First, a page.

Robert J. Bradbury, <email@example.com>, writes:
> I would caution against everyone sending an email (like mine :-))
> to Dr. Dertouzos.
Too late. However he is on vacation until Sep 7, according to his response program.
> It would be more prudent to find out from
> Dr. Minsky, whether or not Dr. Dertouzos is nanotech illiterate
> or nanotech opposed. If it the former, he can be educated and
> we should be tactful about it.
Perhaps I should not have concluded, "...please spare us your crotchety naysaying when faced with a technology that stretches your ossified mind beyond its limited ability to accept change." That may not have been quite as tactful as what Robert had in mind...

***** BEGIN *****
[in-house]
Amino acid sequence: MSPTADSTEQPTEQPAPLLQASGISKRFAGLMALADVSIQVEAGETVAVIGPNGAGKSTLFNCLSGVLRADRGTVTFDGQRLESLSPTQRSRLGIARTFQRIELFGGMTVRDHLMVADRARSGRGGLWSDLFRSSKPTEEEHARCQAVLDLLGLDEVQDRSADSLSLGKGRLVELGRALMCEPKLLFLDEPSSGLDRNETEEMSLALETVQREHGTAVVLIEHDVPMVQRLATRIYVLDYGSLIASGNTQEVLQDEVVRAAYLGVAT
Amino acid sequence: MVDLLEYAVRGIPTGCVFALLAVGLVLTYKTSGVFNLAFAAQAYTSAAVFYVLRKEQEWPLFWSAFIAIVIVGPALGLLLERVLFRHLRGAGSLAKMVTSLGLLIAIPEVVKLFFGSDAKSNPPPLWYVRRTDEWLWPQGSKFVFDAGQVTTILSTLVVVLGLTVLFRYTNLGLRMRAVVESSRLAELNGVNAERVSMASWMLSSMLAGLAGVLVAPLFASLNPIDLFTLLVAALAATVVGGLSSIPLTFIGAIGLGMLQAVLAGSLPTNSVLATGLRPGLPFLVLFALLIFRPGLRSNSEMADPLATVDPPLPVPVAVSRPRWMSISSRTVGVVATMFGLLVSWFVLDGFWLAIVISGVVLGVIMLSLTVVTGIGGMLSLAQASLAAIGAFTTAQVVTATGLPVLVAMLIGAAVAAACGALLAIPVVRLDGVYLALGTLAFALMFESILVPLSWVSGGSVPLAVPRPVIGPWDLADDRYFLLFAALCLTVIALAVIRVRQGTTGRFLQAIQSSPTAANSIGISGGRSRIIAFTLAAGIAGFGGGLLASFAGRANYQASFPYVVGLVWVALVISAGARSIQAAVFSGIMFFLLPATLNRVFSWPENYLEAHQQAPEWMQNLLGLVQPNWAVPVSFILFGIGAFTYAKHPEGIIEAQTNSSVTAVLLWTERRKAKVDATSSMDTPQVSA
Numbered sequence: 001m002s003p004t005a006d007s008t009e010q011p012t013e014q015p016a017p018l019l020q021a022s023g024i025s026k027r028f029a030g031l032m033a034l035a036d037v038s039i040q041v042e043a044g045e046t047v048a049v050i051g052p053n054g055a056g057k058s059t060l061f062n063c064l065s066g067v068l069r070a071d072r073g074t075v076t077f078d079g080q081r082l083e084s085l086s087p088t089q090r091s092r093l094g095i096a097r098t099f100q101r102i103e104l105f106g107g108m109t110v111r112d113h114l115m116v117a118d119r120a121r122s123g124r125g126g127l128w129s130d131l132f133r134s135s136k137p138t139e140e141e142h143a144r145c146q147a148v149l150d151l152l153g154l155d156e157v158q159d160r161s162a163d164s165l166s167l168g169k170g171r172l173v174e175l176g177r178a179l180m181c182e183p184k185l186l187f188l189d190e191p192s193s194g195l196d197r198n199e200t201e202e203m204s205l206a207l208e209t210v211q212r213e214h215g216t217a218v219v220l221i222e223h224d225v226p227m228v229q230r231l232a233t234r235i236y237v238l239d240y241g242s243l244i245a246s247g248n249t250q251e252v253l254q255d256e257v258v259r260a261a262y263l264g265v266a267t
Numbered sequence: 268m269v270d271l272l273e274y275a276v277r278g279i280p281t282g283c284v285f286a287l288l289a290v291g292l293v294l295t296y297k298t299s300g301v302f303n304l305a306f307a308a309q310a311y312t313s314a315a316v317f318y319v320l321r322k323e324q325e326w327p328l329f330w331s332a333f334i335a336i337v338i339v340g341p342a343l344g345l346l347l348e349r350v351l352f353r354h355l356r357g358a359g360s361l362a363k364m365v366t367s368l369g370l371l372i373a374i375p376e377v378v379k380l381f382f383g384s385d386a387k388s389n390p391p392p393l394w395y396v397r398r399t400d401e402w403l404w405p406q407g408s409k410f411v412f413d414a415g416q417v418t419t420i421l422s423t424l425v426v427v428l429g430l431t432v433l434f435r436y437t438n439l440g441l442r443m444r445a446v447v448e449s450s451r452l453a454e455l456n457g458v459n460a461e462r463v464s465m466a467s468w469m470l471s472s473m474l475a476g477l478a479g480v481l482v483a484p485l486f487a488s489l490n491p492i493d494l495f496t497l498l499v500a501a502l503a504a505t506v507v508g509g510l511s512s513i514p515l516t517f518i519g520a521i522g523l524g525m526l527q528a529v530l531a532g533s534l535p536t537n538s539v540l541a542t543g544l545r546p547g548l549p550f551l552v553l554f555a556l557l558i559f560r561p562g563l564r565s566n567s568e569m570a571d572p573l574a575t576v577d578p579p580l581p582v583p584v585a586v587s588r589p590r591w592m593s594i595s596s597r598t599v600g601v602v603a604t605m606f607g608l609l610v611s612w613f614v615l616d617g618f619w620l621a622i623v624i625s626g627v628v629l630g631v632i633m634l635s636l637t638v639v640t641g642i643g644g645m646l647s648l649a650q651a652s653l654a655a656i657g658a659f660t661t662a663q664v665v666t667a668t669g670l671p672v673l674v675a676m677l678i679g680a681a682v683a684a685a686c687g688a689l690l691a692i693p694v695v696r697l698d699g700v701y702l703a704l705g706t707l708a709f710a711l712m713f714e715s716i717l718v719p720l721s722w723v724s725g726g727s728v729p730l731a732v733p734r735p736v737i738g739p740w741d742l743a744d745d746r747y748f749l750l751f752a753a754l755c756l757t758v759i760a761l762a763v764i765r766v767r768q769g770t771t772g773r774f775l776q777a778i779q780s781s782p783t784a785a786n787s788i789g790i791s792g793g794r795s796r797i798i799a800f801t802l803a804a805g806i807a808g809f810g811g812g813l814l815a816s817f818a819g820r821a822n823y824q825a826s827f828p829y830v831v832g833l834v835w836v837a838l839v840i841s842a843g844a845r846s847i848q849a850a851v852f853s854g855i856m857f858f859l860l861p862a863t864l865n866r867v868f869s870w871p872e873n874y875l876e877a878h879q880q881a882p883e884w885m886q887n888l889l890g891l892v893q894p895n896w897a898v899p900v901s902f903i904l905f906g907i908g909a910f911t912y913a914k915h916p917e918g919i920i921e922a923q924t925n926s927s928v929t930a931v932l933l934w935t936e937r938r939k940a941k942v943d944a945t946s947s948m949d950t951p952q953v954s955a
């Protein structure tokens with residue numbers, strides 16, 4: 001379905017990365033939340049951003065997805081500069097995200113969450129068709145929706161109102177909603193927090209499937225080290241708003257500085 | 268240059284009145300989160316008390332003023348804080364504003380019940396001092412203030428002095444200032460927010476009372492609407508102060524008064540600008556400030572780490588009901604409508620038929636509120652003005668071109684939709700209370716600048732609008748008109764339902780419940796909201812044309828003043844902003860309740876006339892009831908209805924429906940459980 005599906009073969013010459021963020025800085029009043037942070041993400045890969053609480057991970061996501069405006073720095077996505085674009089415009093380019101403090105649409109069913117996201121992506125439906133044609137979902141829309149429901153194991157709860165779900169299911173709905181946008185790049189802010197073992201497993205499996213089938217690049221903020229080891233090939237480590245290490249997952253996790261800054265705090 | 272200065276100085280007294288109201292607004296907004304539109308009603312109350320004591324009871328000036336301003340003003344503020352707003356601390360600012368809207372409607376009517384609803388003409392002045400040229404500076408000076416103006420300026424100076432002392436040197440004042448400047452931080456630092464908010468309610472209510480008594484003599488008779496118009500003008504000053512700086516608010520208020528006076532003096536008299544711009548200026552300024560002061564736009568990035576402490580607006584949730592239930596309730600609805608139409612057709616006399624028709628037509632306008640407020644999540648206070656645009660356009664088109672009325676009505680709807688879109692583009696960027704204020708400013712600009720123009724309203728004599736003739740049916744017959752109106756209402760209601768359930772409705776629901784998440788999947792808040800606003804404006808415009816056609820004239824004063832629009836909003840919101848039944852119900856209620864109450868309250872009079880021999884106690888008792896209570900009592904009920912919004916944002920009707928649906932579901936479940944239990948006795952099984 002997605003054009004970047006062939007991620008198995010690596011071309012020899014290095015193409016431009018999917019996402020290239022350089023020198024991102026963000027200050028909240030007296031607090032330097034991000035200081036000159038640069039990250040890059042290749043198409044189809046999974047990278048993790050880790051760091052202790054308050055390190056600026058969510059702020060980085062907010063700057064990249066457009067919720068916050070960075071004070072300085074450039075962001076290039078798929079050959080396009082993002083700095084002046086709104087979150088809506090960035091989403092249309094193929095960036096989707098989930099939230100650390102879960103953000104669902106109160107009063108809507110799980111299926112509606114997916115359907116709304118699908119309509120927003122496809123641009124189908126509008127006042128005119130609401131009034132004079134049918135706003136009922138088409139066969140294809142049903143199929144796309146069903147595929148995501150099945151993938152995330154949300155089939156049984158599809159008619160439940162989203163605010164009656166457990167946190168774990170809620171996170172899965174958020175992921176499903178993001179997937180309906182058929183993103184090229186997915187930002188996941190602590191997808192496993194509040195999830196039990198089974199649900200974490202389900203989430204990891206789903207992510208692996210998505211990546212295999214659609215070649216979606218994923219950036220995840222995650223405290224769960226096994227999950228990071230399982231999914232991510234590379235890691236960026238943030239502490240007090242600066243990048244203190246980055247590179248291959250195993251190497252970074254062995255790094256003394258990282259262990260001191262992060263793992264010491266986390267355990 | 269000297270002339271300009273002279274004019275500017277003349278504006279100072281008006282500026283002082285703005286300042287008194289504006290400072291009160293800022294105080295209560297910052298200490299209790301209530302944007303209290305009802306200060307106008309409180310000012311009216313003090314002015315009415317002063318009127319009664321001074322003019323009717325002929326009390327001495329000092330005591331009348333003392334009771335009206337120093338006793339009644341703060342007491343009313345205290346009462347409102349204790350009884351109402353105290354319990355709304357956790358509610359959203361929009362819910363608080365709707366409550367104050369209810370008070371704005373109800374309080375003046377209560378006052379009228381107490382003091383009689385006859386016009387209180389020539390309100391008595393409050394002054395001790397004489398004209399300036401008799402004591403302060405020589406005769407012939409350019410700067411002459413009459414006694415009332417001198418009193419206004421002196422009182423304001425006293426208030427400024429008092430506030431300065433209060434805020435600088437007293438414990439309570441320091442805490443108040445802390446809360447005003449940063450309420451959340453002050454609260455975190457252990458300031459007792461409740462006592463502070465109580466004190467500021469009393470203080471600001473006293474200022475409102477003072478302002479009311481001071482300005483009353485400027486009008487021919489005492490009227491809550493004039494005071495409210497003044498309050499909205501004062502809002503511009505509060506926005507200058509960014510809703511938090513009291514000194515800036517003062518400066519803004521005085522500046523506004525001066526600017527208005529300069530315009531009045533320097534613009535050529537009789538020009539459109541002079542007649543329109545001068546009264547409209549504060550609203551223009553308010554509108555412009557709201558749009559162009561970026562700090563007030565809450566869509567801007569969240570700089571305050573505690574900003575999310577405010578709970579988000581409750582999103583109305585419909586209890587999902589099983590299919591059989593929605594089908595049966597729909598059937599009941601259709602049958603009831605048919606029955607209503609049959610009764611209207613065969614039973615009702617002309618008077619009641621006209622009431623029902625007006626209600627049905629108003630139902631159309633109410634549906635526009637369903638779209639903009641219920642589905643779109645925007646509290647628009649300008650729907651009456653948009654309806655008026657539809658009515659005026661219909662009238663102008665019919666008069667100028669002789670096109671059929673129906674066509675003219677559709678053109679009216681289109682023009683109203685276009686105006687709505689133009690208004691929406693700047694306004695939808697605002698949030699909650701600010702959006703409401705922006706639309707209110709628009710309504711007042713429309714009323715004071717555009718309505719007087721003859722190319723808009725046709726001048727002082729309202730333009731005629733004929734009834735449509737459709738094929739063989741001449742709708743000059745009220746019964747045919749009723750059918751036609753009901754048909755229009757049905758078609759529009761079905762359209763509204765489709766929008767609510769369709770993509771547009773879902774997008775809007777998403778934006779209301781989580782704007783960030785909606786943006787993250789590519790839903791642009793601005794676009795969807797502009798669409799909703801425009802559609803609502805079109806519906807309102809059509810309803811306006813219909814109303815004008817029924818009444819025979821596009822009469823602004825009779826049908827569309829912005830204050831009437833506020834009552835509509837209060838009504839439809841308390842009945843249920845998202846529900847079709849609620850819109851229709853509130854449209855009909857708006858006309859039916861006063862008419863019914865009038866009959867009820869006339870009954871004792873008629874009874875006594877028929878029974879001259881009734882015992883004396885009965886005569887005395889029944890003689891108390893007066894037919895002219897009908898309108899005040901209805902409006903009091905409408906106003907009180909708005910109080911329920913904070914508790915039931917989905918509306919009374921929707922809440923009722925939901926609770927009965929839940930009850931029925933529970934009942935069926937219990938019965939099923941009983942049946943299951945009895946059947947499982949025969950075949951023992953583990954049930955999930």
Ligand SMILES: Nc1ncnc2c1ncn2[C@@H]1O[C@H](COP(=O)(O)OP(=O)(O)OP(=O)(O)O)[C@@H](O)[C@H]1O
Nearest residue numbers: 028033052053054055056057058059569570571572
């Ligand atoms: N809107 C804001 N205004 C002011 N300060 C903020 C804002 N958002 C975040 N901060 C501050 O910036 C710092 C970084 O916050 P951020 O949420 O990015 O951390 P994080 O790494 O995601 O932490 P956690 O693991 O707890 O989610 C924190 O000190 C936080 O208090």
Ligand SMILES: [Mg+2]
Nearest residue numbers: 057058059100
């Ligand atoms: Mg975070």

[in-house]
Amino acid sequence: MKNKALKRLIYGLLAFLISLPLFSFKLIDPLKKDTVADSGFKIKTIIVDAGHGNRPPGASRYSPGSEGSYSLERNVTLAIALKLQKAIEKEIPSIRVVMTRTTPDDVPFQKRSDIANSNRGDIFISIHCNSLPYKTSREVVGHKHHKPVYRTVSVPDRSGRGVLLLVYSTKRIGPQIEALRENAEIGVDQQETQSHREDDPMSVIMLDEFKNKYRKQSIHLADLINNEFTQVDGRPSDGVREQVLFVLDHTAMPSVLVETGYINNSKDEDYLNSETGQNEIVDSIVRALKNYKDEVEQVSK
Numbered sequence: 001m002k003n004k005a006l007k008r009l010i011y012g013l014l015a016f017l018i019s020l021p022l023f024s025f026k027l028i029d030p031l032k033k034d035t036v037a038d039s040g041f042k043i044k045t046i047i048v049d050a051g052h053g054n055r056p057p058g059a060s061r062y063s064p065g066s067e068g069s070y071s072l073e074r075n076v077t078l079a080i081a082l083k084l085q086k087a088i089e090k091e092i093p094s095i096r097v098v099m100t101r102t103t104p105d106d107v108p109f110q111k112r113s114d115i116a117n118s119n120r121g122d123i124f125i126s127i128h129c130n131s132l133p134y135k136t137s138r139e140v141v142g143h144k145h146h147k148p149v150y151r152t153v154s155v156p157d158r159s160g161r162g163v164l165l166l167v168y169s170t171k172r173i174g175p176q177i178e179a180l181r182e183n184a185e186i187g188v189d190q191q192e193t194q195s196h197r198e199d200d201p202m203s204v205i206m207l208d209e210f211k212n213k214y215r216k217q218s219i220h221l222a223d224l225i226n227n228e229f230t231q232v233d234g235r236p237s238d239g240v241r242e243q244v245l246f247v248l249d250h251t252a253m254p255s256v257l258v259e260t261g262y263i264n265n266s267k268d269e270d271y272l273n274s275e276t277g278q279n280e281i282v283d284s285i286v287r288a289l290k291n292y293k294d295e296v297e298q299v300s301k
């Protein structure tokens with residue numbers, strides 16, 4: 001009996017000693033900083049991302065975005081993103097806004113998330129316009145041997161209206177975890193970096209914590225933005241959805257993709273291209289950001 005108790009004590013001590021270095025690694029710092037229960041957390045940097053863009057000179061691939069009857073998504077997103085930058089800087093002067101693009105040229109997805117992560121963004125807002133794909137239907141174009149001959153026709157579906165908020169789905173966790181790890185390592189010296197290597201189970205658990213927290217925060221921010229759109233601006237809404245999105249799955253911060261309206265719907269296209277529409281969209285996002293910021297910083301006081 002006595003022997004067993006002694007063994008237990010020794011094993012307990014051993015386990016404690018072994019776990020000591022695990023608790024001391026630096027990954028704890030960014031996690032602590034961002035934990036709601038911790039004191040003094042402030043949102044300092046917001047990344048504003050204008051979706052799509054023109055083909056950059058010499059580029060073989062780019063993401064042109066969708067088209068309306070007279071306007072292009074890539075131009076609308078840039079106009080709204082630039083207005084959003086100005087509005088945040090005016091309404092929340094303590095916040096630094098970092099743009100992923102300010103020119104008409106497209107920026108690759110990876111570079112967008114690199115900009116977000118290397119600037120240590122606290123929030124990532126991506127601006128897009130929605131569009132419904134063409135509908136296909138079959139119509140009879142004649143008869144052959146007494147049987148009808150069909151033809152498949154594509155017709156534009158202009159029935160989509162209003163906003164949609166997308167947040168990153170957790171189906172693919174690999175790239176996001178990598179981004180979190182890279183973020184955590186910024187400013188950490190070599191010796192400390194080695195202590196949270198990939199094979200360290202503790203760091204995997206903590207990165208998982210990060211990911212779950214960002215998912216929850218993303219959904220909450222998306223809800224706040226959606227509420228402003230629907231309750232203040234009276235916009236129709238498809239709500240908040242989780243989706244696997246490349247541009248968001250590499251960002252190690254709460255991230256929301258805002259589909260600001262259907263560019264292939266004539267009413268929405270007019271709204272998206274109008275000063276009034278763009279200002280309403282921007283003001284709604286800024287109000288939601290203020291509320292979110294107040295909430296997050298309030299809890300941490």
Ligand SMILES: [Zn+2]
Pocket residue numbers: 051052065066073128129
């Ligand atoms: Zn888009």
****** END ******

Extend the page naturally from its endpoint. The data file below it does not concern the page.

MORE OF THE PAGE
> The problems are (a) fuel efficiency -- a jetpack can't carry
> enough fuel to make them useful with current technologies;
> (b) cost -- both jetpacks and air cars are expensive;
> (c) safety -- both types of devices would need improvements
> to guarantee passenger safety.
> So, I would say that they are (within an order of magnitude)
> "equally achievable". Since an order of magnitude is probably
> the difference between the cheapest and most expensive cars
> then this may be a reasonable statement.
I think the problem is much more severe for the jetpack, more than an order of magnitude worse. A flying car is not that different from an airplane. The big problem to solve is the vertical takeoff/landing.
But jetpacks only last 30 seconds. The fuel is not energetic enough. And adding more fuel adds weight. It is questionable whether these can ever work.